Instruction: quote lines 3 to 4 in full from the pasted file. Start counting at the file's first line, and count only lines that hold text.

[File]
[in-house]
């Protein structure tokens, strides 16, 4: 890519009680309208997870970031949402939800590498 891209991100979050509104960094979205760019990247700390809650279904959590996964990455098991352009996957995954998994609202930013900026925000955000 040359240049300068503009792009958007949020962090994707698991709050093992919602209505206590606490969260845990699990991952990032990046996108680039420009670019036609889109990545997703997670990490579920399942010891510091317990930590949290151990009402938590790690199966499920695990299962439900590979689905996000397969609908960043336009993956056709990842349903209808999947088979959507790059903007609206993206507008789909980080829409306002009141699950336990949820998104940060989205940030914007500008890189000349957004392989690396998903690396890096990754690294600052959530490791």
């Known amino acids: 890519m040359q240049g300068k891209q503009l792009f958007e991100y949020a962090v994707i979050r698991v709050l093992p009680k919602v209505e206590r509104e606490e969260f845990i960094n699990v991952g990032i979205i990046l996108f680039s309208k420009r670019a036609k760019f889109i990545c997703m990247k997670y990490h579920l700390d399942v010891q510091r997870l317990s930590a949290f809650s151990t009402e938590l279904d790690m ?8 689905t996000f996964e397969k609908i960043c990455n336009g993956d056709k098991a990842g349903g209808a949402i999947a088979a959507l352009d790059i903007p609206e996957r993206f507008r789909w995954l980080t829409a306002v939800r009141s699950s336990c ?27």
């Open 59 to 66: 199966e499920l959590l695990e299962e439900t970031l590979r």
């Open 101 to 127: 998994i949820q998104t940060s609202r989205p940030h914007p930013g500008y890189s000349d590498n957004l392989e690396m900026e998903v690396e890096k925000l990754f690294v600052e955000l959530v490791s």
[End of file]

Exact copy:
């Known amino acids: 890519m040359q240049g300068k891209q503009l792009f958007e991100y949020a962090v994707i979050r698991v709050l093992p009680k919602v209505e206590r509104e606490e969260f845990i960094n699990v991952g990032i979205i990046l996108f680039s309208k420009r670019a036609k760019f889109i990545c997703m990247k997670y990490h579920l700390d399942v010891q510091r997870l317990s930590a949290f809650s151990t009402e938590l279904d790690m ?8 689905t996000f996964e397969k609908i960043c990455n336009g993956d056709k098991a990842g349903g209808a949402i999947a088979a959507l352009d790059i903007p609206e996957r993206f507008r789909w995954l980080t829409a306002v939800r009141s699950s336990c ?27």
């Open 59 to 66: 199966e499920l959590l695990e299962e439900t970031l590979r």